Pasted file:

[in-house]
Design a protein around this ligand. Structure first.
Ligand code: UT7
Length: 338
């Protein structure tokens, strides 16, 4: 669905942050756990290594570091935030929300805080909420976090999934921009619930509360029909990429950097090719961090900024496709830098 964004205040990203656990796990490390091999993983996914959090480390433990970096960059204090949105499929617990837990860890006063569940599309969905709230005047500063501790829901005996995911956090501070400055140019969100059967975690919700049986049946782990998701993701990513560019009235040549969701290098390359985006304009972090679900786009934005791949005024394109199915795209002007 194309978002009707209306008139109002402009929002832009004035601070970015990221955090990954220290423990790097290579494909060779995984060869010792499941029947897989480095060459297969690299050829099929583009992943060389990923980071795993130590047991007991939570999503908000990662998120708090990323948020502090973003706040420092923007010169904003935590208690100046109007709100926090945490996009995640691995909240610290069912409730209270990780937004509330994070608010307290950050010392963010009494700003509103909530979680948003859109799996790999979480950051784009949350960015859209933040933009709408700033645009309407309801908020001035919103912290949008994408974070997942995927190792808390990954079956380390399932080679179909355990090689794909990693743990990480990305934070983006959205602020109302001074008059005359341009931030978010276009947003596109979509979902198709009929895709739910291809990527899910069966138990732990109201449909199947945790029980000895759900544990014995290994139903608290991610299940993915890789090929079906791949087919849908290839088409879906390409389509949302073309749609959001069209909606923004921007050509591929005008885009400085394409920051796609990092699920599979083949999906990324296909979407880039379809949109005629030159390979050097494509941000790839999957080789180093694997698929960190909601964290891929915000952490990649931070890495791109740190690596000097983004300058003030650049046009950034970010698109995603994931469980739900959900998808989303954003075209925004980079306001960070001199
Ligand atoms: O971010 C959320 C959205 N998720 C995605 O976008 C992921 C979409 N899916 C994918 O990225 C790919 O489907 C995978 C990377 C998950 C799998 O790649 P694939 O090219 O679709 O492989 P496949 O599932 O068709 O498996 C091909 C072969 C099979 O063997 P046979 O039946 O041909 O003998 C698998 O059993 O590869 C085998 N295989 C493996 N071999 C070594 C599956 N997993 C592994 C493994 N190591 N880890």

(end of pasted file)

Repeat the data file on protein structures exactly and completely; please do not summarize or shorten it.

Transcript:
[in-house]
Design a protein around this ligand. Structure first.
Ligand code: UT7
Length: 338
């Protein structure tokens, strides 16, 4: 669905942050756990290594570091935030929300805080909420976090999934921009619930509360029909990429950097090719961090900024496709830098 964004205040990203656990796990490390091999993983996914959090480390433990970096960059204090949105499929617990837990860890006063569940599309969905709230005047500063501790829901005996995911956090501070400055140019969100059967975690919700049986049946782990998701993701990513560019009235040549969701290098390359985006304009972090679900786009934005791949005024394109199915795209002007 194309978002009707209306008139109002402009929002832009004035601070970015990221955090990954220290423990790097290579494909060779995984060869010792499941029947897989480095060459297969690299050829099929583009992943060389990923980071795993130590047991007991939570999503908000990662998120708090990323948020502090973003706040420092923007010169904003935590208690100046109007709100926090945490996009995640691995909240610290069912409730209270990780937004509330994070608010307290950050010392963010009494700003509103909530979680948003859109799996790999979480950051784009949350960015859209933040933009709408700033645009309407309801908020001035919103912290949008994408974070997942995927190792808390990954079956380390399932080679179909355990090689794909990693743990990480990305934070983006959205602020109302001074008059005359341009931030978010276009947003596109979509979902198709009929895709739910291809990527899910069966138990732990109201449909199947945790029980000895759900544990014995290994139903608290991610299940993915890789090929079906791949087919849908290839088409879906390409389509949302073309749609959001069209909606923004921007050509591929005008885009400085394409920051796609990092699920599979083949999906990324296909979407880039379809949109005629030159390979050097494509941000790839999957080789180093694997698929960190909601964290891929915000952490990649931070890495791109740190690596000097983004300058003030650049046009950034970010698109995603994931469980739900959900998808989303954003075209925004980079306001960070001199
Ligand atoms: O971010 C959320 C959205 N998720 C995605 O976008 C992921 C979409 N899916 C994918 O990225 C790919 O489907 C995978 C990377 C998950 C799998 O790649 P694939 O090219 O679709 O492989 P496949 O599932 O068709 O498996 C091909 C072969 C099979 O063997 P046979 O039946 O041909 O003998 C698998 O059993 O590869 C085998 N295989 C493996 N071999 C070594 C599956 N997993 C592994 C493994 N190591 N880890």